A survey of polarization-dependent optical phenomena in semiconductor and metal nanowires and nanorods is presented. Due to a large dielectric constant mismatch between nanostructures and their environment, the amplitude of the optical electric field inside the former depends drastically on the angle between the direction of light polarization and the nanostructure axis. As a result, optical absorption, photoconductivity, and nonlinear photoresponse in semiconductor structures are strongly anisotropic, with the maximal value for the parallel light polarization. In metal structures, absorption anisotropy depends on the light frequency, and for that close to the transverse plasmon frequency is maximal for the perpendiculat light polarization. Luminescence emitted by semiconductor nanowires and nanorods is strongly polarized along their axis. Joint action of polarization effects in absorption and luminescence results in the polarization memory, when luminescence of a random ensemble of nanorods is polarized in the same direction as the exciting light.
In recent years, semiconductor nanodots have been actively used for biolabeling. We propose using alternate composite nanostructures consisting of a semiconductor size-quantized core covered by a nanometer-thick Au shell, having two principal advantages over purely semiconducting nanodots: (i) reduction of toxicity due to a complete Au coverage of the cores containing potentially poisonous Cd, Se, or Pb; (ii) amplification of exciting and/or emitted light by plasmon effects in a metallic shell which will increase the imaging efficiency. Theoretical calculations show that the optical absorption and emission spectra have several peaks corresponding to interband transitions in the core, and the two plasmon modes in the Au shell. When the energy of interband transitions coincides with one of the plasmon peaks, the resonant electromagnetic field in the core is enhanced which should result in amplification of the luminescence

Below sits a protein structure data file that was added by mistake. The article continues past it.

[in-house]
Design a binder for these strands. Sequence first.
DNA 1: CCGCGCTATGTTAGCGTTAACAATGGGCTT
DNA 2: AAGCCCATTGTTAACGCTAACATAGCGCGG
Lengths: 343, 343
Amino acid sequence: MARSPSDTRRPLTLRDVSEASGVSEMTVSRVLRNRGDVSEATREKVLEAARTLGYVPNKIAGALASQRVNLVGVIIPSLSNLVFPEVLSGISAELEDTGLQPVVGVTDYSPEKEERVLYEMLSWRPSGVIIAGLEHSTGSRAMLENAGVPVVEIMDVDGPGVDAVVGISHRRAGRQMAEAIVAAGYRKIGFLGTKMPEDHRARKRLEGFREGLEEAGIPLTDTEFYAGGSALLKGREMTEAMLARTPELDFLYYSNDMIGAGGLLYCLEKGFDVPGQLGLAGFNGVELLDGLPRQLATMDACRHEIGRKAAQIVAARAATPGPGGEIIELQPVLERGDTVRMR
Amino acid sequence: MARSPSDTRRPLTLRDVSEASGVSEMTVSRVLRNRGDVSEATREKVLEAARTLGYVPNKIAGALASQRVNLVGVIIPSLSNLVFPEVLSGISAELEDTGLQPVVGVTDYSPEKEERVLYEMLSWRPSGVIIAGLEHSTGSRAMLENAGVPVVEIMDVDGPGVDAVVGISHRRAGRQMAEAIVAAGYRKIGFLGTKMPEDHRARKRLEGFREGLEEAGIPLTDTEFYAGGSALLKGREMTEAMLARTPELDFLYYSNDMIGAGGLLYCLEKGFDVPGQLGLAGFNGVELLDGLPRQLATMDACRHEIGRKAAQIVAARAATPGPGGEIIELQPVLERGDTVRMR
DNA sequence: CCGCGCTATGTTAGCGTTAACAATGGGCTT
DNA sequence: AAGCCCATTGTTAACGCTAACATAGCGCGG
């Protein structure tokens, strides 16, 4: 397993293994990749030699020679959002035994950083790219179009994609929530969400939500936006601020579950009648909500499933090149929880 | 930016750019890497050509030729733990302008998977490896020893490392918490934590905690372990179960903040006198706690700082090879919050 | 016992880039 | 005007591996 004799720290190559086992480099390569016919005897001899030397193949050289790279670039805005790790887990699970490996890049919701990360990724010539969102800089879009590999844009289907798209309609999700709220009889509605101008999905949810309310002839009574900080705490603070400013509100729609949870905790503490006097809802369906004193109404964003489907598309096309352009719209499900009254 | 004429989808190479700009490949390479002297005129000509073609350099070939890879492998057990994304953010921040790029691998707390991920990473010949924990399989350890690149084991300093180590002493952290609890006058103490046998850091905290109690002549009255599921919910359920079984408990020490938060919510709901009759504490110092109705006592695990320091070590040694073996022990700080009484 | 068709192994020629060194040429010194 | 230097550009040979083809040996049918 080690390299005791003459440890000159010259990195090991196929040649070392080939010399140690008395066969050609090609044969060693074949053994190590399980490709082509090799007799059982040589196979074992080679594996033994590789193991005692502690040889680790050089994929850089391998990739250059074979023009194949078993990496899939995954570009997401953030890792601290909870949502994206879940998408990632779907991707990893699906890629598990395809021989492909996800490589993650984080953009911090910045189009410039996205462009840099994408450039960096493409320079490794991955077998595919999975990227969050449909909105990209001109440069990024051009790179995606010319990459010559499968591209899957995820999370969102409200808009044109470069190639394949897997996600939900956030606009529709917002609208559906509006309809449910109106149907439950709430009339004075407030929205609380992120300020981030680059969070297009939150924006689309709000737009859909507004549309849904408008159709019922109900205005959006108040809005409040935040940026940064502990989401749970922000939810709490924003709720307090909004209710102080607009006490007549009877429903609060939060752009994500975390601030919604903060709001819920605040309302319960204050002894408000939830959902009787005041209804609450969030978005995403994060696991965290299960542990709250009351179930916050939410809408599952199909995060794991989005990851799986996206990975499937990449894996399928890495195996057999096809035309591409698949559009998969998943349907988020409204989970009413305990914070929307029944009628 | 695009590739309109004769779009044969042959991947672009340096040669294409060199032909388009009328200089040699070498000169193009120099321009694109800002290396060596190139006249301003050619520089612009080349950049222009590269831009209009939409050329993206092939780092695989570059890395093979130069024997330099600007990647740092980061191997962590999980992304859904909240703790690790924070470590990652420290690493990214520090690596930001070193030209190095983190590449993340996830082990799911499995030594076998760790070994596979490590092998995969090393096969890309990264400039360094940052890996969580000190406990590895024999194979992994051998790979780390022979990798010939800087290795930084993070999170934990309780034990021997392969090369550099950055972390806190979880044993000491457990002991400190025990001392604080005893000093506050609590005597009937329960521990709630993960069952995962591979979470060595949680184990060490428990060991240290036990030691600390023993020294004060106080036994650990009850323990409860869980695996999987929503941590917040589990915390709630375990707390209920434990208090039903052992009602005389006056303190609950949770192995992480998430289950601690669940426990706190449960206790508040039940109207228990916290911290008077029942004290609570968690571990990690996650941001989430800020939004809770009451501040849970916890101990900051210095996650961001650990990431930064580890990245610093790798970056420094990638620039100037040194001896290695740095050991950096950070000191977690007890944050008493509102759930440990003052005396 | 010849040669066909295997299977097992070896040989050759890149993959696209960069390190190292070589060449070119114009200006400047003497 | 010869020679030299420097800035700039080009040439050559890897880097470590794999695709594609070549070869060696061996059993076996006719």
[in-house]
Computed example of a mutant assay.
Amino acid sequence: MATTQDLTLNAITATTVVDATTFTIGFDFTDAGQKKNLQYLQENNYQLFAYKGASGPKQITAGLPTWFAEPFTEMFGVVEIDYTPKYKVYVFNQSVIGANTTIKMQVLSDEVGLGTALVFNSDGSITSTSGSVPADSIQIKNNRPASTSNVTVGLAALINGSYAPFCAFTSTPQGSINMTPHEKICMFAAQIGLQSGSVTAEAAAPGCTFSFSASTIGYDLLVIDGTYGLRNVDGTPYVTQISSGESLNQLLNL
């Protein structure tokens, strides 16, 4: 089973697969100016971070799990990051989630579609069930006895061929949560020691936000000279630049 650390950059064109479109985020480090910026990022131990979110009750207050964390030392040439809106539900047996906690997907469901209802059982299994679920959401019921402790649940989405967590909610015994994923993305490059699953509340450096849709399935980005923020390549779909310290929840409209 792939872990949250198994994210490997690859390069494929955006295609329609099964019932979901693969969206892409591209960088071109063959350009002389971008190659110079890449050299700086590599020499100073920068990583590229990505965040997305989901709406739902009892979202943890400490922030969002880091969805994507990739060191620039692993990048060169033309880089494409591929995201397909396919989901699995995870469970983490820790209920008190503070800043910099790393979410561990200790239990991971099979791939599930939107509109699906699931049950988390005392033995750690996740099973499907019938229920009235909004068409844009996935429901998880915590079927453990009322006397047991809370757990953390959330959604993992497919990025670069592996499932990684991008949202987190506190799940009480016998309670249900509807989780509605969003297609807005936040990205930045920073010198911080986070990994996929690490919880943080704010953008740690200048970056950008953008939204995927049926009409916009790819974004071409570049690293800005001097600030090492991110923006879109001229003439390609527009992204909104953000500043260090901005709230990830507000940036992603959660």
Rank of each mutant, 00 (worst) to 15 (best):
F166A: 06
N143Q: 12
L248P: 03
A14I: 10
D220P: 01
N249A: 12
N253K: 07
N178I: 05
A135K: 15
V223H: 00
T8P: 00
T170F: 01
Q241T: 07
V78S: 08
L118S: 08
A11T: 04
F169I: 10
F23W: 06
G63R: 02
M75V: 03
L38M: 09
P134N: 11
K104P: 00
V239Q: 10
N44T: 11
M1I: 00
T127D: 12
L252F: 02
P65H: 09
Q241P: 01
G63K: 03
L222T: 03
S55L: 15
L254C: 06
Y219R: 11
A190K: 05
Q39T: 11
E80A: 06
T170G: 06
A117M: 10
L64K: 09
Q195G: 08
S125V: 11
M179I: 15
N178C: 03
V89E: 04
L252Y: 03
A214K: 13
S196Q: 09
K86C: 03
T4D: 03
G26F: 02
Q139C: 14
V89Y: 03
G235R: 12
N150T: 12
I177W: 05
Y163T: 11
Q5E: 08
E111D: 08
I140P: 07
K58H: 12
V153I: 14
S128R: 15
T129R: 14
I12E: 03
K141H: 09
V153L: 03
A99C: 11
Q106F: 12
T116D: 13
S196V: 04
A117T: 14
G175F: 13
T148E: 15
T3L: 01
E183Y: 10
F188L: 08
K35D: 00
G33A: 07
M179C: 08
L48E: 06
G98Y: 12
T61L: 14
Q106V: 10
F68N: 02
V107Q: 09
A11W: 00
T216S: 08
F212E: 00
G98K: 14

intensity. Especially effective amplification can be reached if the frequencies of the exciting and emitting light both match two plasmon peaks. Experimental measurements were performed with composite nanostructures containing CdSe-ZnS cores fabricated by the organo-metallic method, followed by deposition of the gold shell using thermal decomposition of a Au (I) precursor. These revealed a multimodal structure of the absorption and luminescence spectra, good tunability, high intensity, and narrow emission linewidth. The dependence of spectra on the thickness of Au shell was investigated. The measurements were performed in different biological media and demonstrated stability and environment-insensitivity - a prerequisite for biolabeling.
Polarization phenomena in the optical absorption and emission of metallic, semiconducting or composite nanowires are considered theoretically. Most nanowire-based structures are characterized by a dramatic difference in dielectric constant ε between the nanowire material and environment. Due to image forces caused by such ε mismatch in nanowire structures, coefficients of their absorption and emission become essentially different for light polarized parallel or perpendicular to the nanowire axis. As a result, the intensity and spectra of absorption, luminescence, luminescence excitation, and photoconductivity in nanowires or arrays of parallel nanowires are strongly polarization-sensitive. In light-emitting nanowire core-shell structures, the re-distribution of a.c. electric field caused by the image forces may result in essential enhancing of core luminescence in frequency regions corresponding to luminescence from the semiconducting core or when the frequency of optical excitation coincides to the frequency of the plasmon resonance in the metallic shell. Random nanowire arrays acquire some properties typical for nematic liquid crystals. In such arrays, the effect described above may result in "polarization memory", where polarization of luminescence is determined by the polarization of the exciting light.